Forward-thinking is a must in business… that goes for your taxes too. And I’m going to dive into what that looks like today.
But first, let’s talk about your tax filing. The S corp and partnership filing deadline is coming up (March 15 to be exact). While we’ll probably file an extension for you if you’re in this category and just now looking at your taxes, you’ll want to dial in VERY soon.
But also, there’s little more than a month before personal tax returns are due. Let’s set procrastination aside and get on those returns so you can get Uncle Sam off your back and keep your Northeast United States business functioning optimally:
(And, of course, we will put clients on extension as needed.)
Now, let’s get back to that forward-thinking…
Taxes are more than a “once a year” obligation. They’re something you want to optimize for all. year. long.
There are numerous practical strategies you can implement in your business — accommodating estimated payments in your budget, deduction-minded travel planning, and timing your expenses, to name a few.
Tax-optimizing your Northeast United States business starts by knowing what the IRS has made available to you as a business owner. But even more than that, it’s knowing how to take advantage of what’s available… and that ain’t easy – Uncle Sam’s made sure of this.
Getting into planning mode is going to require you actively carving out some time in your busy business owner schedule… whether you’re facing doing taxes on your own (not recommended) or meeting up with your favorite tax pro (wink, wink).
In the interest of offering you some of my expert insight at no extra cost to you, I’d like to start the small business tax planning conversation here…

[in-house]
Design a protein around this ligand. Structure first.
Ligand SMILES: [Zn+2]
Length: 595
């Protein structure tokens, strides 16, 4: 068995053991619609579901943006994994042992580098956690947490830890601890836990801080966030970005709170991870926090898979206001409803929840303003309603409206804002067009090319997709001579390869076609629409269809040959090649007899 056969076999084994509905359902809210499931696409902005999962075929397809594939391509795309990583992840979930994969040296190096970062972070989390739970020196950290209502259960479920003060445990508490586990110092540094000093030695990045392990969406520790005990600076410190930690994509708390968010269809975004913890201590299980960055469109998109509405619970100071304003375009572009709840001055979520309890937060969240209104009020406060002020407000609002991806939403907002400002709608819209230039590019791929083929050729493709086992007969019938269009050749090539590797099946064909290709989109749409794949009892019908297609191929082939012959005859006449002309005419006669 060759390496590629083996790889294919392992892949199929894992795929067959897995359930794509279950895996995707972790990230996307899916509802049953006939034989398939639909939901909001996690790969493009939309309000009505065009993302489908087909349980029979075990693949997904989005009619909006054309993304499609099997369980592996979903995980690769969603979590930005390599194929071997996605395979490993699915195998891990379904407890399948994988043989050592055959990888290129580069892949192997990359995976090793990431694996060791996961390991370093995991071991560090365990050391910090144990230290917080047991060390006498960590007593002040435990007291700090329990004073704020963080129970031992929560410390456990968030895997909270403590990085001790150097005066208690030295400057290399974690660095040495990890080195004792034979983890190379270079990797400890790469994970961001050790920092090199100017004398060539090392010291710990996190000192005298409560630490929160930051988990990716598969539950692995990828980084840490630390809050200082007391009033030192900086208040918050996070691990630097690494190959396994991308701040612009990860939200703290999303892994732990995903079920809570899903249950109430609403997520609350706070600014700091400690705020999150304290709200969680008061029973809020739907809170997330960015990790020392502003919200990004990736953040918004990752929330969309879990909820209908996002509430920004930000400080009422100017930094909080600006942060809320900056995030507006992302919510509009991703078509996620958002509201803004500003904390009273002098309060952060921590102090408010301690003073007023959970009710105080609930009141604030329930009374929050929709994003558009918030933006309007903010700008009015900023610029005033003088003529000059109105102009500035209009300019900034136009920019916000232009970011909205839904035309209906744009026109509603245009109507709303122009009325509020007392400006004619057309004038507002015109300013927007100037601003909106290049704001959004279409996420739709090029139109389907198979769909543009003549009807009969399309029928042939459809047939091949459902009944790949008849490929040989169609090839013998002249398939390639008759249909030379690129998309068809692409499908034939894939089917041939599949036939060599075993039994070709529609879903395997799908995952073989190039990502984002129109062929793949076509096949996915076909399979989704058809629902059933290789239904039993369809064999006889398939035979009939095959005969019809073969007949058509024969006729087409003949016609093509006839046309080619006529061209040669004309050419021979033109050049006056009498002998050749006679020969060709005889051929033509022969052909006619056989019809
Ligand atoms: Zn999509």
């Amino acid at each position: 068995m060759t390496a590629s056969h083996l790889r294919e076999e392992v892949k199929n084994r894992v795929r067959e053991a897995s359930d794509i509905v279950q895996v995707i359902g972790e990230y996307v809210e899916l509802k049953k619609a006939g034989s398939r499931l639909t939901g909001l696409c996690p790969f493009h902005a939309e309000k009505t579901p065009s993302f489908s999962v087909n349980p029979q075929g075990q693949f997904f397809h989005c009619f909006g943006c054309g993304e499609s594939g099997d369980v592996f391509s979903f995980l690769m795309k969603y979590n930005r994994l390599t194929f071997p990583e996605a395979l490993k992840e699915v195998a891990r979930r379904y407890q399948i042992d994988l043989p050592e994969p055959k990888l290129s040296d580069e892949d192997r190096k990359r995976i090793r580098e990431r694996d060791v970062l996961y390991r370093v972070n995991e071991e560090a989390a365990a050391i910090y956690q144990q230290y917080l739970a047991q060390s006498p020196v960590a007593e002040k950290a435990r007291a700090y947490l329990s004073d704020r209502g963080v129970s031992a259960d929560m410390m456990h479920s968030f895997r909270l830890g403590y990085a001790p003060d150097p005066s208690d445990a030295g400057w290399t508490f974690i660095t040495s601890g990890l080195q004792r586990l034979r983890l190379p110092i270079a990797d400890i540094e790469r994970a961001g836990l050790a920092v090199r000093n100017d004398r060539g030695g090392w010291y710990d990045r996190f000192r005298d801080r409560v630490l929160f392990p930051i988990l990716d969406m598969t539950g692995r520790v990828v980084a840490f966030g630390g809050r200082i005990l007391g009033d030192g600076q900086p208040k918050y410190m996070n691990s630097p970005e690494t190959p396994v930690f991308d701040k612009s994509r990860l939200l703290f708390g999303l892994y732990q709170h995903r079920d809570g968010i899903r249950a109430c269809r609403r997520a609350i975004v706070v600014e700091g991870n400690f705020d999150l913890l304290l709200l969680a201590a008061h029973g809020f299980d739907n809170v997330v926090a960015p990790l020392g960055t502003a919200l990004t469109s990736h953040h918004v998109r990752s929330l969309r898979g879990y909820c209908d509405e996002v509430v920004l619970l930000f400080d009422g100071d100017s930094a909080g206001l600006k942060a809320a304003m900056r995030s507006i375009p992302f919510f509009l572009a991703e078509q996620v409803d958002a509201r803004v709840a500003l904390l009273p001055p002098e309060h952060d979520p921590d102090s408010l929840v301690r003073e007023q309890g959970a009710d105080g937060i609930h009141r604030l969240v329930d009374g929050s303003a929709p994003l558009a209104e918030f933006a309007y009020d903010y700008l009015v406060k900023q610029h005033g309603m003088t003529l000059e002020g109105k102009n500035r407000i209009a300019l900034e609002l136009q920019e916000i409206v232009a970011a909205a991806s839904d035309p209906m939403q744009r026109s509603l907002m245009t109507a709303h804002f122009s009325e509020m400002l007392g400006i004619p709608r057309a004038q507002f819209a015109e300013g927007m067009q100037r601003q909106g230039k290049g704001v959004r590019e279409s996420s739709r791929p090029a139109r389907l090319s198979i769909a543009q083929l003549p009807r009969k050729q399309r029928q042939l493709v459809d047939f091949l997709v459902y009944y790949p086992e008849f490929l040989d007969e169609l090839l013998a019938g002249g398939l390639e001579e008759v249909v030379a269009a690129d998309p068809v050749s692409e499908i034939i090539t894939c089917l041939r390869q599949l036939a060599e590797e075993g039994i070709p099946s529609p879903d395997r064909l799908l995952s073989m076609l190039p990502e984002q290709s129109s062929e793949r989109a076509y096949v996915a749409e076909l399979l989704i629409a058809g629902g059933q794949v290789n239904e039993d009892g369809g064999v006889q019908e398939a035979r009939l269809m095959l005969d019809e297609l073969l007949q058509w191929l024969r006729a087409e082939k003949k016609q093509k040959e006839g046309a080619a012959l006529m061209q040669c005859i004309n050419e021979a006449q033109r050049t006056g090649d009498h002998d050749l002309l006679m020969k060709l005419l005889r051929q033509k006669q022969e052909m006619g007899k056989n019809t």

d.f. o’brien & co.’s Tips for 2023 Small Business Tax Planning
“Luck had nothing to do with this. It was good management and hard work.” – the Goose from Charlotte’s Web
Now that covid-related tax relief is fading for most companies, it’s worth honing in once again on tried-and-true small business tax planning strategies.
Of course, we first want to get you through the spring’s filings of tax returns — but after that comes all the rest of 2023, with plenty of tax developments that determine the best plan for this year (and beyond).
Small business tax planning insight #1: Get ready for filing
Make sure your documentation is on hand for your business expenses. Take a look at your company’s return(s) from last year and think about what you and your company did through 2022 to qualify for evergreen tax concerns such as capital purchases, payroll, maybe a home office deduction, and so on. If you have questions, reach out as soon as you can.
A few general reminders for 2022 taxes:
- You are not yet responsible for kicking out IRS Form 1099-Ks for transactions exceeding 600 bucks; the IRS put that requirement off a year.
- Net operating loss carryforwards are again capped at 80% (after a brief reprieve in previous years) of your taxable income, and the thresholds for excess business losses are 270,000 dollars (540,000 dollars if Married Filing Jointly).
- After December 31, 2021, you have to amortize your research and development expenditures over five years.
- The first-year bonus depreciation deduction was 100% through the end of 2022. As of 2023, it’s scheduled to reduce every year.